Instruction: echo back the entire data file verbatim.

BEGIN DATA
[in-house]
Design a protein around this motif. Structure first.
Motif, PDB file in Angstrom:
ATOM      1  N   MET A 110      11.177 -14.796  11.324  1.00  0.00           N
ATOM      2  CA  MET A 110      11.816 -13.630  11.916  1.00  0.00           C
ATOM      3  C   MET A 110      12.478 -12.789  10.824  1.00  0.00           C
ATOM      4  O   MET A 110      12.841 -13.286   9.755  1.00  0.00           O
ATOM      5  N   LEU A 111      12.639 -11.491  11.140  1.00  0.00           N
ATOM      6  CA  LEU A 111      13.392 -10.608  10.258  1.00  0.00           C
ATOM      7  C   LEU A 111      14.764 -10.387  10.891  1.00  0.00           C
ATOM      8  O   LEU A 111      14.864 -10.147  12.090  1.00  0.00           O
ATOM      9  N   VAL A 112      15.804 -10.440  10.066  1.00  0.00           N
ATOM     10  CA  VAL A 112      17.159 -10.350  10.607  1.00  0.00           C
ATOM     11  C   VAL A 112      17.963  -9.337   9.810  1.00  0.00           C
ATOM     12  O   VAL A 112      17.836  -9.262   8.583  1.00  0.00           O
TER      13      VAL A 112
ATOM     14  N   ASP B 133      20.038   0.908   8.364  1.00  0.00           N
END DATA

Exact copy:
[in-house]
Design a protein around this motif. Structure first.
Motif, PDB file in Angstrom:
ATOM      1  N   MET A 110      11.177 -14.796  11.324  1.00  0.00           N
ATOM      2  CA  MET A 110      11.816 -13.630  11.916  1.00  0.00           C
ATOM      3  C   MET A 110      12.478 -12.789  10.824  1.00  0.00           C
ATOM      4  O   MET A 110      12.841 -13.286   9.755  1.00  0.00           O
ATOM      5  N   LEU A 111      12.639 -11.491  11.140  1.00  0.00           N
ATOM      6  CA  LEU A 111      13.392 -10.608  10.258  1.00  0.00           C
ATOM      7  C   LEU A 111      14.764 -10.387  10.891  1.00  0.00           C
ATOM      8  O   LEU A 111      14.864 -10.147  12.090  1.00  0.00           O
ATOM      9  N   VAL A 112      15.804 -10.440  10.066  1.00  0.00           N
ATOM     10  CA  VAL A 112      17.159 -10.350  10.607  1.00  0.00           C
ATOM     11  C   VAL A 112      17.963  -9.337   9.810  1.00  0.00           C
ATOM     12  O   VAL A 112      17.836  -9.262   8.583  1.00  0.00           O
TER      13      VAL A 112
ATOM     14  N   ASP B 133      20.038   0.908   8.364  1.00  0.00           N